Thursday, August 18, 2016

"La Valse De Cajin" - Iry Lejeune

Known for his soulful music, many consider Iry LeJeune to be the greatest Cajun accordion player and recording artist of all time.  Produced by Eddie Shuler and Folk-Star, a subsidiary of Goldband Records out of Lake Charles, Louisiana, Iry’s recordings of "Calcasieu Waltz," "Jolie Catin," "Evangeline Special," and many more were big hits.  Believed to be recorded in 1950 at the KLPC radio station, "La Valse De Cajin" (#GF102) included Milton Vanicor on fiddle, Ellis Vanicor on fiddle, and Ivy Vanicor on rhythm guitar.  It was a slight take on his uncle Angelas' recording of "La Valse De La Louisianne".   Orsy Vanicor did not appear because he had left the Lacassine Playboys. It was a rendition of Bixy Guidry and Percy Babineaux's "Qu'est Que J'ai Fait Pour Etre Peuni Si Longtemps".

Around 1954, the Vanicors were playing with other bands or had quit.  Iry regrouped with a new set of band members around the Calcasieu area including Duckhead Cormier and Wilson Granger.  By mid 1955, fiddler J.B. Fusilier moved to Lake Charles around the same time Iry's fiddler Wilson Granger quit the group.  After playing with Iry at the Blue Moon, guitar player Alfred "Duckhead" Cormier told Iry:
I think we're gonna keep that man on the violin.  He's as good as you ever did have.2

Eh, yé yaille, chere tit monde,

Quo'faire t'es comme ça,

Autant dans les misères?

Eh, yé yaille, je te fais pas arien,

Je veux que toi tu sois,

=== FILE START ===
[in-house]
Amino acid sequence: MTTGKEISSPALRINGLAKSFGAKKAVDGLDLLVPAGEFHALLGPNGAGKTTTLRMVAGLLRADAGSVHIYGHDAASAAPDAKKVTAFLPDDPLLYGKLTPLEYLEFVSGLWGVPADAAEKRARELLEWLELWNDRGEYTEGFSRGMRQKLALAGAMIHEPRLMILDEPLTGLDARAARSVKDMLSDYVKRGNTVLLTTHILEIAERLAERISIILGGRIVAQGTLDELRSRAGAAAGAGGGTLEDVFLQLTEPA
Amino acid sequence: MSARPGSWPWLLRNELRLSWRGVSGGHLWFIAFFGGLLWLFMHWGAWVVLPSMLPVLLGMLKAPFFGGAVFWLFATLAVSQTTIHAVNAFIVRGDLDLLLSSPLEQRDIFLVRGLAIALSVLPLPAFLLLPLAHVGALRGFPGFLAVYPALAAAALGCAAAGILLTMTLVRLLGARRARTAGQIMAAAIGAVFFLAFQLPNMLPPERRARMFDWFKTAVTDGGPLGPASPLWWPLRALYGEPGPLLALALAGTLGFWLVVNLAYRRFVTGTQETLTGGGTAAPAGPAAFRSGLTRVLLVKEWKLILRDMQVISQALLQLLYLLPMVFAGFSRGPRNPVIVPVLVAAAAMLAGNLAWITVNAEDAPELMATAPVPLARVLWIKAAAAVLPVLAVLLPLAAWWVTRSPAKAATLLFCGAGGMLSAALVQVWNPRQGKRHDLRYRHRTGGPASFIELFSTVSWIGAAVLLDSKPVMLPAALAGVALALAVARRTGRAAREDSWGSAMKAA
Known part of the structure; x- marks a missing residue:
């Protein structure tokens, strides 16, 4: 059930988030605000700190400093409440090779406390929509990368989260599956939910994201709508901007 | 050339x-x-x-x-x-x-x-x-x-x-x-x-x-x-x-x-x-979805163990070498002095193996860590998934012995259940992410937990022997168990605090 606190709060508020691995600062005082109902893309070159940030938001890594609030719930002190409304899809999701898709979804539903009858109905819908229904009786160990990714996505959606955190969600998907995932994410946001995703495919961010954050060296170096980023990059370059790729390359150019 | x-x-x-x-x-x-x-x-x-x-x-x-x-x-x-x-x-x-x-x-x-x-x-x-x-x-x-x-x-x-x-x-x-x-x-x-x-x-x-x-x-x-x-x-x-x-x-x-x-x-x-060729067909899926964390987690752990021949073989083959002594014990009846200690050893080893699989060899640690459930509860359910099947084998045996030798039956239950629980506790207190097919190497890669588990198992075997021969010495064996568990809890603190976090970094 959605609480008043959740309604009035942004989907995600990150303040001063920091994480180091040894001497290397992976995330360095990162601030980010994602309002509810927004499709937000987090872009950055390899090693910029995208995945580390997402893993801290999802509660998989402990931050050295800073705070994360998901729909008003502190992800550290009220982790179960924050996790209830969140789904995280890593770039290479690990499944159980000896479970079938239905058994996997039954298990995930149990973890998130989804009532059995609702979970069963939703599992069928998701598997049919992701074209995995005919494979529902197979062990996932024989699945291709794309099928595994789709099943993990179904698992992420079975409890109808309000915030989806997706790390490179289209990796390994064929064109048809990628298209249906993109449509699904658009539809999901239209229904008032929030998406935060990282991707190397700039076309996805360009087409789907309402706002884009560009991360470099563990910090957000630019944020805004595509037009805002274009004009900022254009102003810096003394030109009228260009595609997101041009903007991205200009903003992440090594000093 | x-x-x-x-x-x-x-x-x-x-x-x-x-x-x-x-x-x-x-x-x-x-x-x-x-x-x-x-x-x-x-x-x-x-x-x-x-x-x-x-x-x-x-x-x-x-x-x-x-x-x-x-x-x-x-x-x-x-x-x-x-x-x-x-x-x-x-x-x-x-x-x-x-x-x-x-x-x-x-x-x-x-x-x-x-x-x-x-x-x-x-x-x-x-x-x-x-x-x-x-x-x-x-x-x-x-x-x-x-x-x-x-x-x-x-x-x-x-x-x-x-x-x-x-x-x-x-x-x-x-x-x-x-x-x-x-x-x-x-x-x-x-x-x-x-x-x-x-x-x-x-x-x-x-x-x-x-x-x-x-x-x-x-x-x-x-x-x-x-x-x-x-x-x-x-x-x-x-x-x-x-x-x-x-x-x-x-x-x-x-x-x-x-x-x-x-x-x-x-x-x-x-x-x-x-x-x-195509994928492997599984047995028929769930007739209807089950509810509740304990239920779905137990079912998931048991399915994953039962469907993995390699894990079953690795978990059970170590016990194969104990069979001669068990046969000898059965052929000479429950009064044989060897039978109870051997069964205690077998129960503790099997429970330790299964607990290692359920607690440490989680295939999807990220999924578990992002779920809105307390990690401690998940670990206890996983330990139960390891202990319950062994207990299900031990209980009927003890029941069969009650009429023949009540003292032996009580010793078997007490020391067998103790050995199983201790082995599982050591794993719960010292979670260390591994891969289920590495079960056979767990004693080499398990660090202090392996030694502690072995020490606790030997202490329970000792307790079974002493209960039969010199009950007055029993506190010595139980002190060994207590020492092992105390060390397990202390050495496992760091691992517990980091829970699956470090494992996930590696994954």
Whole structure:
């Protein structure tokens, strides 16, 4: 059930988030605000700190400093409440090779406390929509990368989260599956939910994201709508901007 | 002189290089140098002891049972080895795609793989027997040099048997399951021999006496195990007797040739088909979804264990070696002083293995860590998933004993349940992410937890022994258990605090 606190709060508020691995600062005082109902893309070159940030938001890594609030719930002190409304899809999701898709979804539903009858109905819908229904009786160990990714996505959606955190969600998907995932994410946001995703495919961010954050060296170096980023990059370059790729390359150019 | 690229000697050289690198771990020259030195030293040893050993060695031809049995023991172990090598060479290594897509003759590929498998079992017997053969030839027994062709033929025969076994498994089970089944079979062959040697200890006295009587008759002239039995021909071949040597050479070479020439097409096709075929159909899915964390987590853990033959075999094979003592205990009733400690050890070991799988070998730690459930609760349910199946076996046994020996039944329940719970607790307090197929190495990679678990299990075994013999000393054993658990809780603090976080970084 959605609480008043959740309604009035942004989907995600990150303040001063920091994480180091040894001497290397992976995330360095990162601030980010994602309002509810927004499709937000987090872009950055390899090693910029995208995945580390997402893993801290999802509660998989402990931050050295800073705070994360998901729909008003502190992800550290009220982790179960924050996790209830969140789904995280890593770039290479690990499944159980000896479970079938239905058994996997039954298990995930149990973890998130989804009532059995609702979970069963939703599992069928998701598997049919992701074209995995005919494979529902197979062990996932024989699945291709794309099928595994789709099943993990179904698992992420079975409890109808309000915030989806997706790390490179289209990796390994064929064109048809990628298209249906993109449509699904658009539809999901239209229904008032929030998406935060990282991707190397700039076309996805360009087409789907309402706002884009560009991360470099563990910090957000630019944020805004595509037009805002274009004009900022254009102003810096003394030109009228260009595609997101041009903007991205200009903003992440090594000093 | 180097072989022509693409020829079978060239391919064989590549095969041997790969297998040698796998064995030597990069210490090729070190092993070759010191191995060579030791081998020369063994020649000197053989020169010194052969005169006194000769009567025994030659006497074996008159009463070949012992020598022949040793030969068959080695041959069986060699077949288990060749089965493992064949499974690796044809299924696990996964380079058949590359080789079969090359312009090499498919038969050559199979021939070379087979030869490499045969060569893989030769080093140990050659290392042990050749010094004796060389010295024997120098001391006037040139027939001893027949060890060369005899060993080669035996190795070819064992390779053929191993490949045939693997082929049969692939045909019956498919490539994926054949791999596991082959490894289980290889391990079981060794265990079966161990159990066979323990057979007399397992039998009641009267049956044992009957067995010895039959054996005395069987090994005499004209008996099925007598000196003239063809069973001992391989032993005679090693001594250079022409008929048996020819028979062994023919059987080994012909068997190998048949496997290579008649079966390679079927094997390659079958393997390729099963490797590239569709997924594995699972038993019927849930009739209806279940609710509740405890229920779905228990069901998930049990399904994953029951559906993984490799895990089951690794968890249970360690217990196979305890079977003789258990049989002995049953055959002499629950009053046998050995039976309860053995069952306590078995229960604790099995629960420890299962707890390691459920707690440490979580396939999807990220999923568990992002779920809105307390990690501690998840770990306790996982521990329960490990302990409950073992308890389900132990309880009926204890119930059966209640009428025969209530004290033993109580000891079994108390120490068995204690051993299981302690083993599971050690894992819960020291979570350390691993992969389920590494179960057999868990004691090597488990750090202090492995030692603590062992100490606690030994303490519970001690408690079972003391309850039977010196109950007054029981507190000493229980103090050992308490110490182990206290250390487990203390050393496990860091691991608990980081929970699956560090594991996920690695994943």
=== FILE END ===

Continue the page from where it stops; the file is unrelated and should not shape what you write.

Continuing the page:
Comme toi, chère, t'es après faire. 

Eh, yé yaille, tout cette peine,

Tu devrais écouter,
Ton vieux nègre une fois,
Quand, moi, je te dis quelque chose,
Tite fille, rappelle-toi,
Jongle voir quand ton papa,
T'as déjà aussi maltraitée.

Eh, moi, je voudrais que tu reviens,
Me rejoindre, cher tit monde,
Coucher ta chère tite tête,
Dessus mon épaule,
Quitter tes chères tites larmes,
Couler pour te pardonner tout ça t'as fait.

Church Point News
Oct 11, 1955

Sadly, Iry LeJeune died at age 26 when he and J.B. stopped to change a flat tire on his car late one night on their way home from a performance at the Green Wing club (believed to be located between Mamou and Eunice, Louisiana) along Hwy 90. Unfortunately, widening the highway for extra lanes meant the pair had no shoulder on which to pull the car. Both men were on the side of the road when Luther Holt of Houston, TX slammed into both men.  Fuselier, who was driving, survived the accident with numerous broken bones and a head injury, but LeJeune, unable to see well, had no warning and died instantly.  

Eh, ye yaille, dear little everything,
Why are you like that,
In so much misery,
Eh, ye yaille, I didn't do anything to you,
I want you to return to,
Your old self, dear, after all of this.

Eh, ye yaille, all of this pain,
You should listen,
To your old man one more time,
When I tel you something,
Little girl, you'll remember,
Think of how your papa,
Has already mistreated you so much.

Eh, I'd want your to come back,
To meet me, dear little everything,
To rest your dear little head,
Upon my shoulder.
Let your dear little tears,
Fall to pardon you for all you've done.

Church Point News
Oct 11, 1955

He left behind a young family of five children, dozens of recordings, and a Cajun music legacy.  Luther was jailed and charged with "negligent homicide".   

According to author Ron Yule:
I think Iry's impact was enhanced by his early death, but his unique accordion style and bluesy, earthy voice as presented in his recordings would have continued to be recognized. This great talent would have lived on, and he would have impacted other musicians just as it continues to do today.1

B.O. Sparkle, Bridge City, TX, 1954
Robert Bertrand, Wilson Granger,
Iry Lejeune, Alfred Cormier

  2. Louisiana Fiddlers By Ron Yule, Bill Burge
The Legendary Iry LeJeune (Goldband, 1991)
Cajun's Greatest: The Definitive Collection (Ace, 2004)

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